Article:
Beyond the essential birth and recovery period that women must continue to take, women and men should have equal access to time off and flexibility in coming back to work after the birth or adoption of a child. Furthermore, all employees should be offered a minimum amount of leave to care for the people they love. Employees are unique in their needs and the most successful companies will offer benefit choices that work for everyone. Companies and governments should be racing towards inclusive family leave policies, not plodding towards them – and some are beginning to show significant progress.
Culture Matters but Policy Helps
Territories leading in family leave policies are — not coincidentally — also top of the World Economic Forum’s Gender Equality Index. Iceland, a perennial leader on the Index, grants three months of non-transferable parental leave to both mothers and fathers and an additional three months of leave to couples to share as they choose. Its success lies in the uptake: about 90% of Icelandic fathers take the leave.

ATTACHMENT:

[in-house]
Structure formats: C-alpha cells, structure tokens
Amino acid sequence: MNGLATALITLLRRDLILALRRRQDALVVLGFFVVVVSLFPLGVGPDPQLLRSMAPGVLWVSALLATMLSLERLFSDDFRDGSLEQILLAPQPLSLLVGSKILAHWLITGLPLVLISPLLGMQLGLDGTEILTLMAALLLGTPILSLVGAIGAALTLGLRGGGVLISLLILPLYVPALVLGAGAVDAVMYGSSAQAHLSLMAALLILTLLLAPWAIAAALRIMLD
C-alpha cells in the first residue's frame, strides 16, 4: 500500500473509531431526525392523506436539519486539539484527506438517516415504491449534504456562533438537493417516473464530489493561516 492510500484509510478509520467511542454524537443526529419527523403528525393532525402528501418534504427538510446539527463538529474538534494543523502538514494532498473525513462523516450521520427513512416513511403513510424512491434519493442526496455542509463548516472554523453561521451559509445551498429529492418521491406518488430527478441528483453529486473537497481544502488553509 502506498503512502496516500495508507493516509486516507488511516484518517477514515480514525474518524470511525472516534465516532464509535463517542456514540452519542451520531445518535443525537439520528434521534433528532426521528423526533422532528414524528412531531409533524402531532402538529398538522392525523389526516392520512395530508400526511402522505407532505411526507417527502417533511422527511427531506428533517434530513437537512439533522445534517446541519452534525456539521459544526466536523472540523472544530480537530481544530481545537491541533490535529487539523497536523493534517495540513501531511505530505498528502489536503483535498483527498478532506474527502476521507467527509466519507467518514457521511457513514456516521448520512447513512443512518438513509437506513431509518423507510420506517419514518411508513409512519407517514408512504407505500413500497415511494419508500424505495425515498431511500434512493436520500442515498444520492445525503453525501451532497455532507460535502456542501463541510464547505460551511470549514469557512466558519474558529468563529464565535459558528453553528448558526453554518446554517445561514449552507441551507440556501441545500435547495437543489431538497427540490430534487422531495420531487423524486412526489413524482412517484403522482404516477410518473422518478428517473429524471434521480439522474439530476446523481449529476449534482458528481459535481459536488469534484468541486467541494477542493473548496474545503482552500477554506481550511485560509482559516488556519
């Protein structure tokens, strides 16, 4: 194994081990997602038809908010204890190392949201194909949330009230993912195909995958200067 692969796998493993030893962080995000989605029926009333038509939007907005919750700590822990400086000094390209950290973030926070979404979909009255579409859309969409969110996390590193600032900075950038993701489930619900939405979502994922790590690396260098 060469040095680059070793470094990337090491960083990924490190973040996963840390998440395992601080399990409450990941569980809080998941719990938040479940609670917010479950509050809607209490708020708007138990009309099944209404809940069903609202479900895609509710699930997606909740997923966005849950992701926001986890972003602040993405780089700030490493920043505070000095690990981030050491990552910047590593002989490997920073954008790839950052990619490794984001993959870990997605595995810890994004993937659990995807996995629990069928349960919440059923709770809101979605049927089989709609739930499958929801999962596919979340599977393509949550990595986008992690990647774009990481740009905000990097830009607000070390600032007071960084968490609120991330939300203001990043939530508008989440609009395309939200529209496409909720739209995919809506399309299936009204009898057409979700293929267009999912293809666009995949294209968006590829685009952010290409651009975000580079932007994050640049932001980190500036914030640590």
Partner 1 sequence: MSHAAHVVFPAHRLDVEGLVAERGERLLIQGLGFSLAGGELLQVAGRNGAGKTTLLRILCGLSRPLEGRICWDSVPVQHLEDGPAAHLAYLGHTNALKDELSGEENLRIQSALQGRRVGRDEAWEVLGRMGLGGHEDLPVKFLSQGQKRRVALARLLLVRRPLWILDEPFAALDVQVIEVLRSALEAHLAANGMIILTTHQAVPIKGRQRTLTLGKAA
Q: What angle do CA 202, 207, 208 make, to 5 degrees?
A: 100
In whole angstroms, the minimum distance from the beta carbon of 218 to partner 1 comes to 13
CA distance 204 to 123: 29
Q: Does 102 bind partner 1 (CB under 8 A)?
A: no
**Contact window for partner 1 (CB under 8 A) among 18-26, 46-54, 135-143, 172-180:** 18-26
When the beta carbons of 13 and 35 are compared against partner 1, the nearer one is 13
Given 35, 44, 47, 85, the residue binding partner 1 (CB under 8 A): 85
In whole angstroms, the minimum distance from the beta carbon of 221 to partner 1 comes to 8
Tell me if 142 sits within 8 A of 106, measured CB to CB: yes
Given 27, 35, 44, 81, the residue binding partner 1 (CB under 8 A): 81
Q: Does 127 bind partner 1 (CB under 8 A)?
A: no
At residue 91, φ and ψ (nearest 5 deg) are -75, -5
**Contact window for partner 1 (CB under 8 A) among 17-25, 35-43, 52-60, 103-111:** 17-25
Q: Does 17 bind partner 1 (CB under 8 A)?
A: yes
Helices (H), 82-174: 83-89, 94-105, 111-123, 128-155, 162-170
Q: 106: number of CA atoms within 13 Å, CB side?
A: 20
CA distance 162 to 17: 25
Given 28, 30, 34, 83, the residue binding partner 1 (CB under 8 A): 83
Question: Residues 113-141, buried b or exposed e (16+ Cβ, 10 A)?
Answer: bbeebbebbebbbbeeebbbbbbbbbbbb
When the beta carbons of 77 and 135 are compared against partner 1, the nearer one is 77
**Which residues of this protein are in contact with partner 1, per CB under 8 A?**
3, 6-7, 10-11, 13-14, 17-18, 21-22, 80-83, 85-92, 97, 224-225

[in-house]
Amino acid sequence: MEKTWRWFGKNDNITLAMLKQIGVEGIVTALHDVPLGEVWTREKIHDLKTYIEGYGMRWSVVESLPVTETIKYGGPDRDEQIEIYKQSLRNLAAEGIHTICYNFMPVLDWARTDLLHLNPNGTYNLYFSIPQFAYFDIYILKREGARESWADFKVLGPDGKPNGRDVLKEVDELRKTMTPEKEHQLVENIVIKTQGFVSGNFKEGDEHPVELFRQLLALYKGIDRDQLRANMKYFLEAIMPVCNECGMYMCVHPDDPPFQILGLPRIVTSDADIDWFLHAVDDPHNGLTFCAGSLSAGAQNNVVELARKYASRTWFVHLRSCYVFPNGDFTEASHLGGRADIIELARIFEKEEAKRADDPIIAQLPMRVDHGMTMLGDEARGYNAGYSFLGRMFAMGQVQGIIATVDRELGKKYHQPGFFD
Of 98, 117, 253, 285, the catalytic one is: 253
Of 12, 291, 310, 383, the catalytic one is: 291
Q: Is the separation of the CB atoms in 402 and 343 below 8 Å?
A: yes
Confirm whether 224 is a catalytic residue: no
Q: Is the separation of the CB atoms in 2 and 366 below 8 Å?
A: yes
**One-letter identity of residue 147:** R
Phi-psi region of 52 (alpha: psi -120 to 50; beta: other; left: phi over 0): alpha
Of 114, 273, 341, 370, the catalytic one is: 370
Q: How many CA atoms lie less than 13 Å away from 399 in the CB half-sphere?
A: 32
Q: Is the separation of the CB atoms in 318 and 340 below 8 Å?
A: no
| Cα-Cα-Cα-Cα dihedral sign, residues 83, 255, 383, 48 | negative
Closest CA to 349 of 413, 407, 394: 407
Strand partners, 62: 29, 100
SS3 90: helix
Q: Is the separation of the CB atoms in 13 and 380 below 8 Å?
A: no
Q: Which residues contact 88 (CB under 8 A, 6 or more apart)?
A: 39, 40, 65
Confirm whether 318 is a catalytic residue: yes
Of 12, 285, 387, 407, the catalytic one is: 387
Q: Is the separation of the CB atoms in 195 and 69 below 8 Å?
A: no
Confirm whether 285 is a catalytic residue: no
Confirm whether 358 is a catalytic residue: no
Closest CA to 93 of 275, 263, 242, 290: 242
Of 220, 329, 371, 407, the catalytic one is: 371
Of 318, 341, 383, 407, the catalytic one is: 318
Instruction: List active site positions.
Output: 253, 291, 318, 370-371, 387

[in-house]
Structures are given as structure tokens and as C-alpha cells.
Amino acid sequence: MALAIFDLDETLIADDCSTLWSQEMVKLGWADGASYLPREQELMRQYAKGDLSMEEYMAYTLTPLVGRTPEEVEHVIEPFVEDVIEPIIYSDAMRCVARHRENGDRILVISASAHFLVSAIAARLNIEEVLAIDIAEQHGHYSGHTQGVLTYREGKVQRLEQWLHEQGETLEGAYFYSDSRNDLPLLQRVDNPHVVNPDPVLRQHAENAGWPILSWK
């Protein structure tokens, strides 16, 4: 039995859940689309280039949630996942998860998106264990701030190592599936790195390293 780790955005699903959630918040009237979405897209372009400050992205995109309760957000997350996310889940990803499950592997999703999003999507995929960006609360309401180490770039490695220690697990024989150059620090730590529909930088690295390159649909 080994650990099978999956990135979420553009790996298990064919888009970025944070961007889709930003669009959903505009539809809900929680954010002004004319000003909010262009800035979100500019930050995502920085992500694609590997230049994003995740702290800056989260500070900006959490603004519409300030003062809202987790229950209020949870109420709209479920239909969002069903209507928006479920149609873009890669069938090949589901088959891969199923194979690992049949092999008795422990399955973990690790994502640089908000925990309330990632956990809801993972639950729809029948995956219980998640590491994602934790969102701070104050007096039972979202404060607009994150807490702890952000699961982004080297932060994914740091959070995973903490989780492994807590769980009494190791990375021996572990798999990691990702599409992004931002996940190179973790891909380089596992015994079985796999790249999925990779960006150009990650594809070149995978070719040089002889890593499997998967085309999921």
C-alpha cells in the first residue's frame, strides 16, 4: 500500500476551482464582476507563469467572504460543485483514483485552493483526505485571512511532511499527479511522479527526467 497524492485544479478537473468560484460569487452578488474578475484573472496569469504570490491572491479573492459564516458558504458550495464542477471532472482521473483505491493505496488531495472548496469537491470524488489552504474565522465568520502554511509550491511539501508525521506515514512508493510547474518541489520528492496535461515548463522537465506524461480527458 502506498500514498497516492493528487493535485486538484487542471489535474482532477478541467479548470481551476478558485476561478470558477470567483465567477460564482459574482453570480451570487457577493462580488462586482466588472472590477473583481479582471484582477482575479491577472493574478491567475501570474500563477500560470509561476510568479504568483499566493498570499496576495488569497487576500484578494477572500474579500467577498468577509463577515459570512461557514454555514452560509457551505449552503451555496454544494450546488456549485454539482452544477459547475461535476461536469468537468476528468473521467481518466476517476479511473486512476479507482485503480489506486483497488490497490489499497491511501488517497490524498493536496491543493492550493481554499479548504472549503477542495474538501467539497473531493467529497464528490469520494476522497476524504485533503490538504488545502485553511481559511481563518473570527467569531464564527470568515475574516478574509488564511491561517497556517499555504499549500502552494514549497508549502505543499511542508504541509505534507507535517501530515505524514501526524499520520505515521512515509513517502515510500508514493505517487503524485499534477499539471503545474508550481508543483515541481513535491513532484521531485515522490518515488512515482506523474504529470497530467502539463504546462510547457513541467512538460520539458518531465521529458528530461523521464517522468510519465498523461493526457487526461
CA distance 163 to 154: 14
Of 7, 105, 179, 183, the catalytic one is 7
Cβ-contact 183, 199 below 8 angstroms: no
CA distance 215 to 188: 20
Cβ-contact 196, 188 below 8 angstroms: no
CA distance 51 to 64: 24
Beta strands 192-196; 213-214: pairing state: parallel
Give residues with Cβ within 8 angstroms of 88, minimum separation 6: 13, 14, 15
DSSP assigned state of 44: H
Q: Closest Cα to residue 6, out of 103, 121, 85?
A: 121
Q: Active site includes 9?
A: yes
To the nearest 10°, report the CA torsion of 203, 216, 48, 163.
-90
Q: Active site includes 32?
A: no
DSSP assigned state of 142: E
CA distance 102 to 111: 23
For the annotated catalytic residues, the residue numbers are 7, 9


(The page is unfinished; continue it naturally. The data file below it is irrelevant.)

Netflix offers 52 weeks of paid family leave to women and men (and, with 41% female employees is one of tech’s leaders in gender equality across its staff population); Google and Facebook offer equal family leave to women and men. Last year, PwC US introduced six weeks of fully paid parental leave for all employees, with about 72% of new fathers using the full amount. Employees also have the option to implement a phased return to work after parental leave, allowing new parents to work 60% of their contracted hours at full pay for four weeks following a paid parental leave of absence. Other types of caregivers can receive four weeks of paid leave in order to care for certain family members with serious health conditions. PwC UK offers eligible parents of either gender 22 weeks of full pay and is encouraging more dads to feel like they can take it. Breaking through assumptions about men’s role in families and changing attitudes will be key to capitalizing fully on the good policies that already exist.